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Gore Partners with Medinol on the Rebound in Global Stent Deal

Executive Summary

WL Gore & Associates and Tel Aviv, Israel-based Medinol, both privately-held companies, enetered into a worldwide partnership agreement covering stents and stent systems, the exact terms of which have not been disclosed. What's clear, however, is that the deal enables each company to fill a significant hole in their interventional cardiology product lines, while also restoring worldwide distribution channels for Medinol. The Israeli company, which focuses exclusively on developing and manufacturing innovative stent technology, lost its sales and marketing channel this year after dissolving a longstanding agreement with Boston Scientific. Now, it will be able to utilize the balloon and stent delivery system that Gore plans on unveiling later this year, along with Gore's distribution network, while Gore will have access to Medinol's ionnovative stent line, including the new NIRflex stent.

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Stroke Prevention: The Newest Frontier in Interventional Cardiology

The neurology community has amassed a great deal of evidence that a certain type of heart defect known as a PFO is associated with an increased risk of stroke. This finding has prompted companies with transcatheter devices developed for a niche pediatric congenital defect market to migrate to adult stroke prevention. In the new field, the risk isn't so much technical--a history of device use in the pediatric market has obviated alot of this risk--as clinical. In stroke prevention, clinical trials not only have to prove a negative, which is always difficult, but will also have to confirm the role of PFOs in stroke, as yet scientifically unproven, at the same time as they validate devices.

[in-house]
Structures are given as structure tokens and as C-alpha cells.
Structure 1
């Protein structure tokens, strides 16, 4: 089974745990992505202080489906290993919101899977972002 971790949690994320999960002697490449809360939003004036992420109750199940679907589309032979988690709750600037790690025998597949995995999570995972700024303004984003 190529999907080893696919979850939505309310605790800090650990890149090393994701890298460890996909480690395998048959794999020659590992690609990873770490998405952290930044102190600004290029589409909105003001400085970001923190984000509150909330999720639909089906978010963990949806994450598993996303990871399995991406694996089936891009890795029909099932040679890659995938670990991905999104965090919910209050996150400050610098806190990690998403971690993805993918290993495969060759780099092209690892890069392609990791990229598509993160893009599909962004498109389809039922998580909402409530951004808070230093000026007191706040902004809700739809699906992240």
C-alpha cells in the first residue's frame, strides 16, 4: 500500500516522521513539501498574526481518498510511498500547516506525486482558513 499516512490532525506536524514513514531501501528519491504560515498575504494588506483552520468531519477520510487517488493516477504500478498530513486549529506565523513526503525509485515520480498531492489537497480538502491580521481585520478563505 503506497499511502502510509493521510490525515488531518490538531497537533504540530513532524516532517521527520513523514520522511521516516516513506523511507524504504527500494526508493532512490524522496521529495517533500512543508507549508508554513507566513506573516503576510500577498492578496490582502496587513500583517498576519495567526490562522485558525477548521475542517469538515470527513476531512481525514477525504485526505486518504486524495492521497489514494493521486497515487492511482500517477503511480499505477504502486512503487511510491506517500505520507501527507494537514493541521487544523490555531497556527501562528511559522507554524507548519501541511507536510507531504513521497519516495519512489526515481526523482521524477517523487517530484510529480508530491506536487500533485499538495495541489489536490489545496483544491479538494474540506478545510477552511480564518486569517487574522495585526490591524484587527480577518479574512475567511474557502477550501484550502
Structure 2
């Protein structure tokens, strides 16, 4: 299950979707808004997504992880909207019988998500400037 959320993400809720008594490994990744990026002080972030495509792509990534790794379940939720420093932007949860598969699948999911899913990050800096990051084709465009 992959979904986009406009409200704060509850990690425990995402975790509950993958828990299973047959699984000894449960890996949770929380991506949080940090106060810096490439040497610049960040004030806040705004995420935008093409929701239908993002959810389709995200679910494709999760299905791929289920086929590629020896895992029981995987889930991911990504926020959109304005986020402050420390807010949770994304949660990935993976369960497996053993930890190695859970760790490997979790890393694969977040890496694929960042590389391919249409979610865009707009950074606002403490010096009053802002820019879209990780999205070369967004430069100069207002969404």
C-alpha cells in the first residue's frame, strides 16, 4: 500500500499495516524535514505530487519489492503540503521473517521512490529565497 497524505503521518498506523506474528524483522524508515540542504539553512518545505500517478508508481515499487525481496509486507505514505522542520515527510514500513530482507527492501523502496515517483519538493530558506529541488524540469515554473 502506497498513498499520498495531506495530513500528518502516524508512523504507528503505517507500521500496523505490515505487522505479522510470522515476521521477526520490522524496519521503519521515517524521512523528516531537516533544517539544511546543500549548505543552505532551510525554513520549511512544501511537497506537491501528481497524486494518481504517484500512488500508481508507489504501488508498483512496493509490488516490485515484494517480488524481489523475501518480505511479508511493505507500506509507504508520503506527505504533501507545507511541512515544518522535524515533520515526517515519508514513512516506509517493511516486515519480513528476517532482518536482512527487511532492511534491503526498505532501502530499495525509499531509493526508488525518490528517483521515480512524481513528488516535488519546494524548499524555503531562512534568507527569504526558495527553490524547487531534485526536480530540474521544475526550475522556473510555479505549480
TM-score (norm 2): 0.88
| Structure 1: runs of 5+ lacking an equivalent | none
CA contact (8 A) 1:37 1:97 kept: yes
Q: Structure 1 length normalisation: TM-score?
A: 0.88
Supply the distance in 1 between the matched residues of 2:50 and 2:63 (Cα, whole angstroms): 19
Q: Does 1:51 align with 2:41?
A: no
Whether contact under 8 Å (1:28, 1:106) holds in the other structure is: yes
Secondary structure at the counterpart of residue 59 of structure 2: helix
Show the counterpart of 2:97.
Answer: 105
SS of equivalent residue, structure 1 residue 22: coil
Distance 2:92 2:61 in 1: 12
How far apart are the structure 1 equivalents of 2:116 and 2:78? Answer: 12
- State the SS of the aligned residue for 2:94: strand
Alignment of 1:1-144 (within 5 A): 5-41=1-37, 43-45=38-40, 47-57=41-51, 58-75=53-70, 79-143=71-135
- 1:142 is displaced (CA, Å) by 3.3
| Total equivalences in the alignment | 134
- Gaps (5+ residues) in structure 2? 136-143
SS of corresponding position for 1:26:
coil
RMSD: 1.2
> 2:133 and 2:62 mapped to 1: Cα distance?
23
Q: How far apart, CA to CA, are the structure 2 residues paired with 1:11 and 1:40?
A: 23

Medinol: Can Technology Still Win In Stents?

Medinol, a small Israeli stent company, used innovative stent design and manufacturing processes to develop products that propelled its marketing partner, Boston Scientific, to early leadership in what became the biggest cardiovascular device market of the past decade. Problems resulting in litigation led Medinol to recently terminate the collaboration after six years, leaving the small firm with the choice of going it alone and having to build a worldwide sales and marketing network, or seeking another partner. The break-up occurs at a pivotal point in the development of coronary stent technology; bare metal stents are apparently about to give way to the next-generation drug-eluting stents (DES), which present perhaps an even larger opportunity than that enjoyed bvy their predecessors. Medinol is skipping over DES and is already working on the next-generation stent/drug therapy. Because of consolidation, the stent market is now dominated by four major playuers. Yet, Medinol chose to end its alliance with one of the Big Four to join forces with a much smaller player in this space, WL Gore & Associates Inc. Both Medinol and Gore are R&D-driven, and are betting that the rules of the stent game haven't changed: that ultimately in interventional cardiology, the best technology still wins.

Testing Drugs Against New Targets: Like Playing Blind Man's Bluff?

As companies move into development of drugs against novel targets, including a host of genomically derived drugs, they are assuming a new kind of target risk. The heightened risk exists largely because the targets revealed by genomics techniques for the most part have not been validated by linking them empirically to the initiation or maintenance of a disease state, nor through the use of biomarkers during clinical development. Stumbles in the pursuit of drugs against EGFR are symptomatic of this new pharma industry problem. In this context, the cancer drugs Herceptin and Gleevec, widely touted as the first examples of rapidly developed, rationally designed molecular medicines, will prove to be much more the exception than the rule. And importantly, the emerging pattern of EGFR drug development suggests that pursuit of novel targets will do little to ameliorate the industry's R&D productivity problem.


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